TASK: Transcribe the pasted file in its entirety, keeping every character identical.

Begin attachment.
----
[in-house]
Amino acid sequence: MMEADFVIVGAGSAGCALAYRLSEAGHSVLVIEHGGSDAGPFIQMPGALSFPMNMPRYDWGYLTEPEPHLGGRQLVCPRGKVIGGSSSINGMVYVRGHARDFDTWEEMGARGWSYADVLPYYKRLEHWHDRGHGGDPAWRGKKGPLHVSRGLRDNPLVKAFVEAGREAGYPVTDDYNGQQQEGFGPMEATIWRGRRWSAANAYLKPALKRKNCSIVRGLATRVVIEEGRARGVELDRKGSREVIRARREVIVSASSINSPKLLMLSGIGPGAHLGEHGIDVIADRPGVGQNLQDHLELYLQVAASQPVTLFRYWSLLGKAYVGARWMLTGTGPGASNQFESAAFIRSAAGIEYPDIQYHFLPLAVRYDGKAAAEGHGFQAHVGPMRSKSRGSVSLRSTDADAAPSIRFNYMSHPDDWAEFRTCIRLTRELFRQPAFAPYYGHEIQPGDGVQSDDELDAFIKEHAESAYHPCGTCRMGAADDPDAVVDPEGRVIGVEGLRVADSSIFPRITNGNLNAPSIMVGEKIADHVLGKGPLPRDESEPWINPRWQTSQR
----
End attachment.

[in-house]
Amino acid sequence: MMEADFVIVGAGSAGCALAYRLSEAGHSVLVIEHGGSDAGPFIQMPGALSFPMNMPRYDWGYLTEPEPHLGGRQLVCPRGKVIGGSSSINGMVYVRGHARDFDTWEEMGARGWSYADVLPYYKRLEHWHDRGHGGDPAWRGKKGPLHVSRGLRDNPLVKAFVEAGREAGYPVTDDYNGQQQEGFGPMEATIWRGRRWSAANAYLKPALKRKNCSIVRGLATRVVIEEGRARGVELDRKGSREVIRARREVIVSASSINSPKLLMLSGIGPGAHLGEHGIDVIADRPGVGQNLQDHLELYLQVAASQPVTLFRYWSLLGKAYVGARWMLTGTGPGASNQFESAAFIRSAAGIEYPDIQYHFLPLAVRYDGKAAAEGHGFQAHVGPMRSKSRGSVSLRSTDADAAPSIRFNYMSHPDDWAEFRTCIRLTRELFRQPAFAPYYGHEIQPGDGVQSDDELDAFIKEHAESAYHPCGTCRMGAADDPDAVVDPEGRVIGVEGLRVADSSIFPRITNGNLNAPSIMVGEKIADHVLGKGPLPRDESEPWINPRWQTSQR